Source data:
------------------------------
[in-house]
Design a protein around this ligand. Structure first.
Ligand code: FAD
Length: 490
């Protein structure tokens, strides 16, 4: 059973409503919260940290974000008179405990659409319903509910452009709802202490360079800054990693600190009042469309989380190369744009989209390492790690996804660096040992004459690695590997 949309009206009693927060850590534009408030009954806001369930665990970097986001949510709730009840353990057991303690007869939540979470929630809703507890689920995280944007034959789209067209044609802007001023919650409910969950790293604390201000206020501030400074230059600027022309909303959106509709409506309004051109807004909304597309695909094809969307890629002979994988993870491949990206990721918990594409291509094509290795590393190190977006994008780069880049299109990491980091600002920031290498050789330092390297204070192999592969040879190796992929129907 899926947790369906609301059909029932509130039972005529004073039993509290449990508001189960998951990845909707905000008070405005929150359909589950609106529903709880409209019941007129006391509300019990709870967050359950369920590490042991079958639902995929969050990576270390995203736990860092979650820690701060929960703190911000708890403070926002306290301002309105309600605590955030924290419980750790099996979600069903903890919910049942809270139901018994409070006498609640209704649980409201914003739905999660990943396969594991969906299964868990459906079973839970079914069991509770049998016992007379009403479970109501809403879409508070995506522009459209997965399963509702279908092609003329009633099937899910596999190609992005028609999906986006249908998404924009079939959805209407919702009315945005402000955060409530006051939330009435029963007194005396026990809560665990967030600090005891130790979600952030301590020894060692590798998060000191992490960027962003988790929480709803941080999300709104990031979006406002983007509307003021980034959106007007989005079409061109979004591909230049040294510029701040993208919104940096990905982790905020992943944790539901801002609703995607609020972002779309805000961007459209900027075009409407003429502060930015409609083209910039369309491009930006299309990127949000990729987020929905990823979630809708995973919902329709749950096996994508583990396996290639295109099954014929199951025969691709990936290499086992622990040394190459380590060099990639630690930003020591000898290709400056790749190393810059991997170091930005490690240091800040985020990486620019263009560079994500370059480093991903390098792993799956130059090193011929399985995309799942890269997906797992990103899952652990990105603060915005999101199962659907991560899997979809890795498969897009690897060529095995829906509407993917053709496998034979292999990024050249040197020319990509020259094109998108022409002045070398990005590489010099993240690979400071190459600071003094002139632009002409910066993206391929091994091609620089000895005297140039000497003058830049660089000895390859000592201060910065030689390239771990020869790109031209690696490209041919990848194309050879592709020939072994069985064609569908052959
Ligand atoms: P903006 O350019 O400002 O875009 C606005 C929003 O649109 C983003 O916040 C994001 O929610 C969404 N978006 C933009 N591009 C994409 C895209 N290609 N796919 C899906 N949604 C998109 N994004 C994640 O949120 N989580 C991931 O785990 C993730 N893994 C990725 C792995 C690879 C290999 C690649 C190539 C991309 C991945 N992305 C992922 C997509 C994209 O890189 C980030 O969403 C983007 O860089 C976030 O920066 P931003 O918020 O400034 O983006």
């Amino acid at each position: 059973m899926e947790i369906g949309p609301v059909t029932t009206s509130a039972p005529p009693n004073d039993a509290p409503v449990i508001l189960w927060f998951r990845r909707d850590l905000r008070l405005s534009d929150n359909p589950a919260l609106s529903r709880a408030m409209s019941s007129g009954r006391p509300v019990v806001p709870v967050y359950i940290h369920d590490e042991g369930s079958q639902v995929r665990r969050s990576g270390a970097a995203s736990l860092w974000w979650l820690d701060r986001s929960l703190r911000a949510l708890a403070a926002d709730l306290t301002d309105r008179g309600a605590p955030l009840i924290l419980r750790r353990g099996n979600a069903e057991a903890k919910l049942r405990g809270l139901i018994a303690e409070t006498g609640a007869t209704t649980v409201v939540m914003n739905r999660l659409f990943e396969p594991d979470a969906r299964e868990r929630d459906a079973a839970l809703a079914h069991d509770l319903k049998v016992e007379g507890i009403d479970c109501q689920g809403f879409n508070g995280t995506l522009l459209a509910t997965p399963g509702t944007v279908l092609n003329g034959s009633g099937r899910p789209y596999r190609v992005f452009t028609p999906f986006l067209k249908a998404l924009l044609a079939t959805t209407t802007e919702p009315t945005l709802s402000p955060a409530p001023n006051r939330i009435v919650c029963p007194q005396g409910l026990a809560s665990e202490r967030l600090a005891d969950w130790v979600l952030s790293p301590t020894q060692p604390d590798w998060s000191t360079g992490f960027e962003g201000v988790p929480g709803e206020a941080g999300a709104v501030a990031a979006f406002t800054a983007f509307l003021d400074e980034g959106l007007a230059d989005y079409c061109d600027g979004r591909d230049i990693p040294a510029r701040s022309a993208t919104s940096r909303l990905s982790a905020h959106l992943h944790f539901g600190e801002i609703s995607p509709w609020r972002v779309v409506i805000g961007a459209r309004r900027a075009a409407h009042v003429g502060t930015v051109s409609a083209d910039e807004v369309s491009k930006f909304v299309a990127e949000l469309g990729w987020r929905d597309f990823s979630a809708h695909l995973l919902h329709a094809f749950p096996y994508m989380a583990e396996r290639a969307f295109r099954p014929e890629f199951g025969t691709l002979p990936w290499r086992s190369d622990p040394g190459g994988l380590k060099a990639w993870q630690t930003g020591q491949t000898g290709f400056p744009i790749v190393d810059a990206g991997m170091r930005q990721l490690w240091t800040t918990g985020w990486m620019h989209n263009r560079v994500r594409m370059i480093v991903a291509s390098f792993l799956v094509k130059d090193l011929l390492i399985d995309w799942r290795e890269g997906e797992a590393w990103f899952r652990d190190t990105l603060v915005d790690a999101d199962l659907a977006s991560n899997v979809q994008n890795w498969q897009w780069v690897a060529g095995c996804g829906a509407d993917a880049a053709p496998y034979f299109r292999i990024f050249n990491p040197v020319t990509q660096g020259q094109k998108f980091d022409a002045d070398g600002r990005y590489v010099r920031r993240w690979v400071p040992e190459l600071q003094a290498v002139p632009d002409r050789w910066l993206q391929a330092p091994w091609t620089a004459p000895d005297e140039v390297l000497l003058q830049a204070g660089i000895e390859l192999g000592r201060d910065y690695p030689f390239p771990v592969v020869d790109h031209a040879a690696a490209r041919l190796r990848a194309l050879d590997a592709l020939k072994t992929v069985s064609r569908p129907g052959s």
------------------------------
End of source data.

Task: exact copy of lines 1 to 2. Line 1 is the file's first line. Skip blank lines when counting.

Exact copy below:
[in-house]
Design a protein around this ligand. Structure first.